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06 Apr. 2012 | Comments (0)

All across Europe, countries are trying to reform labor markets. Countries like Spain, Italy, Portugal and Greece are currently in the process of modernizing their labor markets in the hope that this will help them regain competitiveness and drive down the high unemployment rates that the countries are battling. That reforms are a tricky business and could also have large negative side effects is well known. It is likely that the unemployment rate in Spain will go up before it comes down after the reforms. Even the much applauded German reforms have had their winners and losers, and, as it turns out, the seniors have won.

Midway through the 2000s, the German labor market was reformed, and the measures taken made early retirement much more difficult. This meant that there were a lot of people that needed to work much longer than their older peers, which has resulted in an enormous jump in the employment rate for the 55 to 64 age group. As displayed in the chart below, this type of jump has not been seen in any other major country in Europe, which sets Germany up nicely for the ageing population that the country will be battling in the decades ahead.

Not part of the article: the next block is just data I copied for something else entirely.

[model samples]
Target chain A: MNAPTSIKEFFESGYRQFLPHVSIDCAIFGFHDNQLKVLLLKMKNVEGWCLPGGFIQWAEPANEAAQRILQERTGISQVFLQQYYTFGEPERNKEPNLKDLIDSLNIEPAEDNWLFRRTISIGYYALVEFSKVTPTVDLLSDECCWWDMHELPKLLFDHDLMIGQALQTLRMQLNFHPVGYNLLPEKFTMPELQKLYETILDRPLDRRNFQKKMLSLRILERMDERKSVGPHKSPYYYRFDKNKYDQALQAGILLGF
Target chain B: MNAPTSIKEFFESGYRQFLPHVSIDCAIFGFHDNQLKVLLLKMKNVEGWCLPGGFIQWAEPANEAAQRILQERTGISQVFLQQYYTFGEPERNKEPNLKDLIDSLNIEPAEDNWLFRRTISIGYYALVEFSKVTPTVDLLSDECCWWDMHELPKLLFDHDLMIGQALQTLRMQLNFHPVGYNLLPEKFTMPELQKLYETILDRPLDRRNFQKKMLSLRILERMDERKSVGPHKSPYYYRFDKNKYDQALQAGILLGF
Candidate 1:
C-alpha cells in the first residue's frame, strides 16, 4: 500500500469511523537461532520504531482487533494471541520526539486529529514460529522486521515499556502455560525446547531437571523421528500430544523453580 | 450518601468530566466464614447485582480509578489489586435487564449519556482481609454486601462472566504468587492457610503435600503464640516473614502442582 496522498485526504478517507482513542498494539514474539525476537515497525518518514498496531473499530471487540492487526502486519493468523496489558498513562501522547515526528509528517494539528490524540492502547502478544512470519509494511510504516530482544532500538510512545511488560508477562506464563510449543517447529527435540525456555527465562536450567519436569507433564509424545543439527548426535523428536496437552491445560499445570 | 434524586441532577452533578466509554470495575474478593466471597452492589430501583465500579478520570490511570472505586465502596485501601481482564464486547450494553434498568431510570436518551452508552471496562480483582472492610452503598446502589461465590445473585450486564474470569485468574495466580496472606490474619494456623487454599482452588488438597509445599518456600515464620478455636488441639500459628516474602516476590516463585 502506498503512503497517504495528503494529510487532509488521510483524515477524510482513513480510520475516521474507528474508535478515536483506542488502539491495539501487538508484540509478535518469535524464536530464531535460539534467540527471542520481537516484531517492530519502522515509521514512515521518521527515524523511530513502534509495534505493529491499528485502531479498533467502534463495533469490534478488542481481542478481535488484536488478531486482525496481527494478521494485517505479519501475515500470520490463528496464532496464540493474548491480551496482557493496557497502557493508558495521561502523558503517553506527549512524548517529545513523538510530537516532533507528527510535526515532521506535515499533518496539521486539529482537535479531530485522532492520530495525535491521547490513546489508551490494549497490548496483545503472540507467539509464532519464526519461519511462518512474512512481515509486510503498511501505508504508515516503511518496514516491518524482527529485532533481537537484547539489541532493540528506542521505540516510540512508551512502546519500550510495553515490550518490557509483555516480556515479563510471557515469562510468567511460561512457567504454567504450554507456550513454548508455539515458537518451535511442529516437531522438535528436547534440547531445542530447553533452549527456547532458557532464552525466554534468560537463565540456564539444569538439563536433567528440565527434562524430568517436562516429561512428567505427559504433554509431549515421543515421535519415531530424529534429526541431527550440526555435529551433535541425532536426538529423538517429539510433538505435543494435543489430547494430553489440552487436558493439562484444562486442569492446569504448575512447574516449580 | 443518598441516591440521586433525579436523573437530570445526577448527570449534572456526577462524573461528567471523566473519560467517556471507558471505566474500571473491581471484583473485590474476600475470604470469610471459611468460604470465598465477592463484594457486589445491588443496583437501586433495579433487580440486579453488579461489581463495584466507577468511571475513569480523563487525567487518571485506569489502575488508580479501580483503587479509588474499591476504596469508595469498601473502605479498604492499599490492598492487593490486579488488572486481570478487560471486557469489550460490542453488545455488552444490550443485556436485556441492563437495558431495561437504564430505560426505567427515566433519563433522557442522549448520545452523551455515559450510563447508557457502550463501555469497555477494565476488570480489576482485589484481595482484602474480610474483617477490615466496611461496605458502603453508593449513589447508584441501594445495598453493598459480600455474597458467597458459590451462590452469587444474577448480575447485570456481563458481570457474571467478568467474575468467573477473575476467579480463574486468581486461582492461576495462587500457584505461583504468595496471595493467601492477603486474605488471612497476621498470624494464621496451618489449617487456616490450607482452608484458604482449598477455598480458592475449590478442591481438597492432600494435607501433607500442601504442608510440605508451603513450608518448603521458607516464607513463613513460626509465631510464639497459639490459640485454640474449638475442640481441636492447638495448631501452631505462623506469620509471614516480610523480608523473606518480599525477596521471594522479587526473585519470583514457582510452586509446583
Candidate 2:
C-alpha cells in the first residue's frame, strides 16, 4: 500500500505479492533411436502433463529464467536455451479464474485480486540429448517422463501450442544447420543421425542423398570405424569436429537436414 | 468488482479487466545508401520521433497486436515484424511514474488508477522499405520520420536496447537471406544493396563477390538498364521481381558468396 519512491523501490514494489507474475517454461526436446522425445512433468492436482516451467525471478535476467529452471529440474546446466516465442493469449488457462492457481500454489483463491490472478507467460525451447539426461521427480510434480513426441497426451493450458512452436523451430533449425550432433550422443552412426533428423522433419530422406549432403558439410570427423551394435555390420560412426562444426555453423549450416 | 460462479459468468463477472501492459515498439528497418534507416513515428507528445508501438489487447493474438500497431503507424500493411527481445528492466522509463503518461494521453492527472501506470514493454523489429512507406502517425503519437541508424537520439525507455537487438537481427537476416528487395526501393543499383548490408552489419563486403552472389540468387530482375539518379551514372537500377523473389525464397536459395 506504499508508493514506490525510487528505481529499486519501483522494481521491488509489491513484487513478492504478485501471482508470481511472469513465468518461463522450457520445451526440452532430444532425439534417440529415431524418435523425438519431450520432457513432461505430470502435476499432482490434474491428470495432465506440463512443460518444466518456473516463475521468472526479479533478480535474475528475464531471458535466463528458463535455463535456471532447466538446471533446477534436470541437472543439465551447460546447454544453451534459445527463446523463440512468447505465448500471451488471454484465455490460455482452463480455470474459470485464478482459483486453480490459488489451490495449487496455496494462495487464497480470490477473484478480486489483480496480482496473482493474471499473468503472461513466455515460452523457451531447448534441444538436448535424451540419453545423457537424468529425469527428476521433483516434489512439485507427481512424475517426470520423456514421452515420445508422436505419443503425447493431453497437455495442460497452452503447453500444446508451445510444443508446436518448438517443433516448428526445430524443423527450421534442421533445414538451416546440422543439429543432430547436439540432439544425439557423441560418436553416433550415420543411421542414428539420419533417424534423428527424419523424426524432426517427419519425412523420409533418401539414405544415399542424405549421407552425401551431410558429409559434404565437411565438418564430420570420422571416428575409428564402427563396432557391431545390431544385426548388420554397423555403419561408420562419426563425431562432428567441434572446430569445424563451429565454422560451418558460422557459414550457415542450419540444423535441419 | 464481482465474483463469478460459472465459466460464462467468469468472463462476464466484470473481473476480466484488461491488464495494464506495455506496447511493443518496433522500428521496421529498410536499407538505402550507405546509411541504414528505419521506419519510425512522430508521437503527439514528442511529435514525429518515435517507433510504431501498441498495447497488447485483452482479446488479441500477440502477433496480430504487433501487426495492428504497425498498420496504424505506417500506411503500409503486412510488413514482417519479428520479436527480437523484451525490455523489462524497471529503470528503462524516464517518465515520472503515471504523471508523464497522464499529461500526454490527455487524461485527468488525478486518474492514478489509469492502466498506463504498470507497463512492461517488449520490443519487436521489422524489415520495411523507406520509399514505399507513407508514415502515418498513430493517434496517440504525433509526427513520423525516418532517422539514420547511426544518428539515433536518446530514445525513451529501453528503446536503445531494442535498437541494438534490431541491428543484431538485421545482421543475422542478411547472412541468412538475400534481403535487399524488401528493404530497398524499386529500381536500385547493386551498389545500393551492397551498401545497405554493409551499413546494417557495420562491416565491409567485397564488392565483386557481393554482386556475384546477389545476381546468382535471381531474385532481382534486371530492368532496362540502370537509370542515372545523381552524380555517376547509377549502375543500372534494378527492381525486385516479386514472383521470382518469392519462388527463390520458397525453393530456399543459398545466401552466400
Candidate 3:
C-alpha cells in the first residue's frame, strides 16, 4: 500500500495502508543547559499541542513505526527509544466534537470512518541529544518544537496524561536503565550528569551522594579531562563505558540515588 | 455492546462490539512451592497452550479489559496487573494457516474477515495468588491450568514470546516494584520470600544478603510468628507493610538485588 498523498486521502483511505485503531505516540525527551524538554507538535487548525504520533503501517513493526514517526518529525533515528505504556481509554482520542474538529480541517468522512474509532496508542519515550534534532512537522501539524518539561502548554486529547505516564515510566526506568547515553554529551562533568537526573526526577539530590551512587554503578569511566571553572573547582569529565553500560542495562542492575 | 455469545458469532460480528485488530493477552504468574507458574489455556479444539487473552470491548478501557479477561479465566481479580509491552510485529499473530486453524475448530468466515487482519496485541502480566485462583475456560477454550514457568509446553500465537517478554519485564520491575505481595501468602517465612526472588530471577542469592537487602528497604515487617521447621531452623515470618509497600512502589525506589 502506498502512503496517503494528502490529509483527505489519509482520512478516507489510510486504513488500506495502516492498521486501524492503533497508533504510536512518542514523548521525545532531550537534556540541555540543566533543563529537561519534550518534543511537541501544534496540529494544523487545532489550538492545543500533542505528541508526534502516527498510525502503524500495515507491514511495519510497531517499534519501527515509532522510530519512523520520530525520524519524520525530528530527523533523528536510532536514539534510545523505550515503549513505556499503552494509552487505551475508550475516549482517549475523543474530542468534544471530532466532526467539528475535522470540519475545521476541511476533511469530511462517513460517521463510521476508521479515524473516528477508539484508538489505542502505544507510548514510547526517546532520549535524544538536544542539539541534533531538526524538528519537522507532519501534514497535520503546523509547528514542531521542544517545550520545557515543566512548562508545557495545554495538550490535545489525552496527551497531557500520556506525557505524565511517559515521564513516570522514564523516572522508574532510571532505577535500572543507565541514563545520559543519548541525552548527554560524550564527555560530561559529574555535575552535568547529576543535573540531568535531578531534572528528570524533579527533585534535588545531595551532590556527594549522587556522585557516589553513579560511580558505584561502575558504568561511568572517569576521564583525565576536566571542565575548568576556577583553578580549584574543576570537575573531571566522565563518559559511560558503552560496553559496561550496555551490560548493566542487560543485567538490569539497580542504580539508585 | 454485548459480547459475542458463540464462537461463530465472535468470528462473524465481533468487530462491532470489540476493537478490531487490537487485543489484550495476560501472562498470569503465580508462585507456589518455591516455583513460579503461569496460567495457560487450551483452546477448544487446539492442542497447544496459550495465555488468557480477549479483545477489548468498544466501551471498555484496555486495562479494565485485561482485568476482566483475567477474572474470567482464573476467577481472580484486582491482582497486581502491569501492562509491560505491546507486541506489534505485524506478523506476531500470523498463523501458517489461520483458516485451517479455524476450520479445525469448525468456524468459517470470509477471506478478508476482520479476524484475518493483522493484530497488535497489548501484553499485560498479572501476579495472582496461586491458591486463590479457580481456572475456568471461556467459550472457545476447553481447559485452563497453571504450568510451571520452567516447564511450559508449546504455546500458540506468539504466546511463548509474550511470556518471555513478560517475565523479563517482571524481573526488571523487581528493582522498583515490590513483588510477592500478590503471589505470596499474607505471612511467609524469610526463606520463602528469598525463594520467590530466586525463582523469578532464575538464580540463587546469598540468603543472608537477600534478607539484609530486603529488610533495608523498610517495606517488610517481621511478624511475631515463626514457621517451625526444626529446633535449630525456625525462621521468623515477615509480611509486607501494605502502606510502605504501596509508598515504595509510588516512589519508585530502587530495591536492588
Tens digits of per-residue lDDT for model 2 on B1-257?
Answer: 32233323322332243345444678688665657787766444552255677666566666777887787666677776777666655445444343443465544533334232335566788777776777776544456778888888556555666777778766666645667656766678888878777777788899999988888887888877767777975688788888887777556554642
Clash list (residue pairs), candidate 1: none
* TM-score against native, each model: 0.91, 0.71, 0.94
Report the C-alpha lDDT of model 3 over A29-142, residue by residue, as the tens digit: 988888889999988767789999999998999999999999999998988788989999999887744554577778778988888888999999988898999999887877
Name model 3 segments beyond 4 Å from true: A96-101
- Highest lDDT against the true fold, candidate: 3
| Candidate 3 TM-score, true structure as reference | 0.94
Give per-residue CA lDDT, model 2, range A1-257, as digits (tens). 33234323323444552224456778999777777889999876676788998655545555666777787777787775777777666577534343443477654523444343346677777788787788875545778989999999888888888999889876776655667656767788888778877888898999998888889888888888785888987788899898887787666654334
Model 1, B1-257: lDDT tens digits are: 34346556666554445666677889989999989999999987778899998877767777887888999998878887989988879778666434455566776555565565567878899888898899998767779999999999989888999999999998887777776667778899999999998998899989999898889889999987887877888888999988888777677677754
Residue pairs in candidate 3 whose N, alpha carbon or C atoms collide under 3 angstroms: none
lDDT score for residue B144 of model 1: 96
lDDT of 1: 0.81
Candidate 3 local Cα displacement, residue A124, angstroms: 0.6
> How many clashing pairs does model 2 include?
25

Sources: Eurostat, The Conference Board

But the downside of the story is that, as Germany still has rather difficult hiring and firing regulations, all of the older Germans have been keeping their seats and, as a result, making opportunities for younger generations more difficult. As shown in the chart below, the job growth since the start of the 2008 recession, which has been called the German labor market miracle, has been soaked up by the increasing employment of seniors. For the younger generation of Germans, there are still 1.6 percent less people with jobs than before the recession, which is a meager performance that can hardly be considered a miracle. The 25 to 54 age group, which makes up the vast majority of the labor force, has only seen a 1.3 percent increase (not anything worth noting). Clearly, the German reforms have allowed the older generation to retain their jobs, but have not been able to provide the younger generation with more jobs. If Germany had had less growth than it did over the past years, youth unemployment could have made the country much more Mediterranean than many Germans would have liked.

Sources: Eurostat, The Conference Board

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  • About the Author:Bert Colijn

    Bert  Colijn

    Bert Colijn is a senior economist that focuses on the European market. He works on the European Commission FP7 project NEUJOBS, focusing on productivity and economic growth in Europe in 2025. Besides …

    Full Bio | More from Bert Colijn

     

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